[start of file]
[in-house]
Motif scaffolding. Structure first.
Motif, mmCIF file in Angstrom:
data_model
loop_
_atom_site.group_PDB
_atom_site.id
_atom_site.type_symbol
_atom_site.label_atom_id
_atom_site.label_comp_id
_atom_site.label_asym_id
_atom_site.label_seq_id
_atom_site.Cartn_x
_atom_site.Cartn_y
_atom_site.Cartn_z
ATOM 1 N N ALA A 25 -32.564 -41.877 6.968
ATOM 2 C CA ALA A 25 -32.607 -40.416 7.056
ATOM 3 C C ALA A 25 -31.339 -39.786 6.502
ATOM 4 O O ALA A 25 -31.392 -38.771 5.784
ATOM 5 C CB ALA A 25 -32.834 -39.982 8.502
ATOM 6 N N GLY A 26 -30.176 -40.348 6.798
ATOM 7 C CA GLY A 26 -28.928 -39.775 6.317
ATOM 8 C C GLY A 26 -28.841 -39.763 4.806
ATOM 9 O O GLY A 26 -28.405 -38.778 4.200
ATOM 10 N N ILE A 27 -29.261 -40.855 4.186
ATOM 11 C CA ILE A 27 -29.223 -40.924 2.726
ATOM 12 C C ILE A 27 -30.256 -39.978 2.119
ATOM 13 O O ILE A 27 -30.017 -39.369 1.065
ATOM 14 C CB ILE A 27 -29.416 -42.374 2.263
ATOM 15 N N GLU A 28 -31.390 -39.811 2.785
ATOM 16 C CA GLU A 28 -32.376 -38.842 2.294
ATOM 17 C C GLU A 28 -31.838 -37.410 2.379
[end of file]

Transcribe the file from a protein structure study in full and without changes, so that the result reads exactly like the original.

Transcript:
[in-house]
Motif scaffolding. Structure first.
Motif, mmCIF file in Angstrom:
data_model
loop_
_atom_site.group_PDB
_atom_site.id
_atom_site.type_symbol
_atom_site.label_atom_id
_atom_site.label_comp_id
_atom_site.label_asym_id
_atom_site.label_seq_id
_atom_site.Cartn_x
_atom_site.Cartn_y
_atom_site.Cartn_z
ATOM 1 N N ALA A 25 -32.564 -41.877 6.968
ATOM 2 C CA ALA A 25 -32.607 -40.416 7.056
ATOM 3 C C ALA A 25 -31.339 -39.786 6.502
ATOM 4 O O ALA A 25 -31.392 -38.771 5.784
ATOM 5 C CB ALA A 25 -32.834 -39.982 8.502
ATOM 6 N N GLY A 26 -30.176 -40.348 6.798
ATOM 7 C CA GLY A 26 -28.928 -39.775 6.317
ATOM 8 C C GLY A 26 -28.841 -39.763 4.806
ATOM 9 O O GLY A 26 -28.405 -38.778 4.200
ATOM 10 N N ILE A 27 -29.261 -40.855 4.186
ATOM 11 C CA ILE A 27 -29.223 -40.924 2.726
ATOM 12 C C ILE A 27 -30.256 -39.978 2.119
ATOM 13 O O ILE A 27 -30.017 -39.369 1.065
ATOM 14 C CB ILE A 27 -29.416 -42.374 2.263
ATOM 15 N N GLU A 28 -31.390 -39.811 2.785
ATOM 16 C CA GLU A 28 -32.376 -38.842 2.294
ATOM 17 C C GLU A 28 -31.838 -37.410 2.379